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International Date Line

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  • International Date Line

    So this is the explenation I got for question 610098 (GNAV):

    "The earth rotates from West to East, therefore, time to the East is ahead of time to the West.

    When crossing the International Date Line from the Western to the Eastern Hemisphere we are going 'forward' in terms of time and 'backwards' in time when crossing from the Eastern to the Western Hemisphere. Therefore:

    Westerly - Add a day
    Easterly - Subtract a day"

    With which I agree except for the last statment... "Westerly - Add a day
    Easterly - Subtract a day."

    How can you add a day if you are going back and time? And the opposite, how can you subtract a day if you're going forward in time???


  • #2
    Re: International Date Line

    Think of it this way - the Western Hemisphere is behind the Eastern Hemisphere and the delineation is the International Date Line (which approxmates the 180° E/W Meridian).

    As you move in an easterly direction you advance in time.

    Let's say, start at 0400 Local Time on 15th June at 150° W.

    Moving Easterly at 15° per hour, on reaching 150° E you will have covered 300 degrees, 20 hours and the Local Time is midnight. Moving further East you will be moving into the next day, the 16th June. At the 180° E/W Meridian it is 0200 on 16th June and moving Easterly another 30 degrees into the Westerly Hemisphere (to 150° W), which is 'behind' the Eastern Hemisphere, another 2 hours will have elapsed to 0400 - but we already know that the time and date at 150° W is 0400 on 15th June. Hence, we must go back a day as we cross the IDL in an Easterly direction.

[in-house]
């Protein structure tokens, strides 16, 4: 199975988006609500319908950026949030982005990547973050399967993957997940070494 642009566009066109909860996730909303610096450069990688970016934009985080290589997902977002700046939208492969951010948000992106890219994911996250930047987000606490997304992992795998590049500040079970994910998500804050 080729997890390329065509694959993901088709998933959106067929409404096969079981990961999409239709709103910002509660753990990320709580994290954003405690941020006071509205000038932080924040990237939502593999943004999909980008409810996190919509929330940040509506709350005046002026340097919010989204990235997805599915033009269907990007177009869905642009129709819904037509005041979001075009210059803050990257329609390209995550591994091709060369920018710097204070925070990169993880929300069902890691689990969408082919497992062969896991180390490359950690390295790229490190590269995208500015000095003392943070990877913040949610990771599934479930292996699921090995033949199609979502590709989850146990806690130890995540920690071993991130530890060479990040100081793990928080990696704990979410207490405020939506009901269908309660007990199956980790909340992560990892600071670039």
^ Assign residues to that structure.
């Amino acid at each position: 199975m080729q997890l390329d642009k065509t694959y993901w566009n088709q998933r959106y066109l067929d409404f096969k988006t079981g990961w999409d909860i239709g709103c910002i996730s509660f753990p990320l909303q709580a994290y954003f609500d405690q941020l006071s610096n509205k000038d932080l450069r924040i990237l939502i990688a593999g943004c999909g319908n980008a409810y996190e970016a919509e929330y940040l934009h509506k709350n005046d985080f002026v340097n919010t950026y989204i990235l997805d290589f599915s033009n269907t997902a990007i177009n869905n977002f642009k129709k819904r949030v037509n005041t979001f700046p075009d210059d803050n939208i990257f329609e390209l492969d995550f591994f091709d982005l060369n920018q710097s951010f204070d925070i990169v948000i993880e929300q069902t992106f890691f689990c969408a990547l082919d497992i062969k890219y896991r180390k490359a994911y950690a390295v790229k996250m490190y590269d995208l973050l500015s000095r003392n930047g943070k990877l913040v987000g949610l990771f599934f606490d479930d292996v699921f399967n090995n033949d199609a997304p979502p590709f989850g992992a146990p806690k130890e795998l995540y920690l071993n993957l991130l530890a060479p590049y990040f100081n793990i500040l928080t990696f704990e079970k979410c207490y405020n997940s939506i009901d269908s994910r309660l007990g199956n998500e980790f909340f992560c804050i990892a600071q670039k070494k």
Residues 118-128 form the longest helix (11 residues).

I hope I've explained that OK.

    Last edited by Tony Pike; 03-09-2013, 12:34.
    Best Regards,

    Tony Pike

    Give Sergei back his dignity......Simples!


    • #3
      Re: International Date Line

      Perfect, thank you


      • #4
        Hi Tony, I have an objection over the wording of available choices . It states when you are crossing the date line on "Westerly Heading" So i assume that you are travelling from East to West , which means you will subtract and not add. If question states that you are crossing the international date Line from West to East then it does make a perfect sense. WHat is your opinion on this questions wording.?? Many thanks


        • #5
          I agree the wording can get a little confusing but think of it like this.
          If you travel from,say, 90W to 140W you are on a westerly heading. If you travel from 140W to 170W you are still on a westerly heading. If you now go across the dateline from 170W to 170E you are still on a westerly heading and going from the Western Hemisphere to the Eastern Hemisphere and adding a day as you go.
          Hope this helps.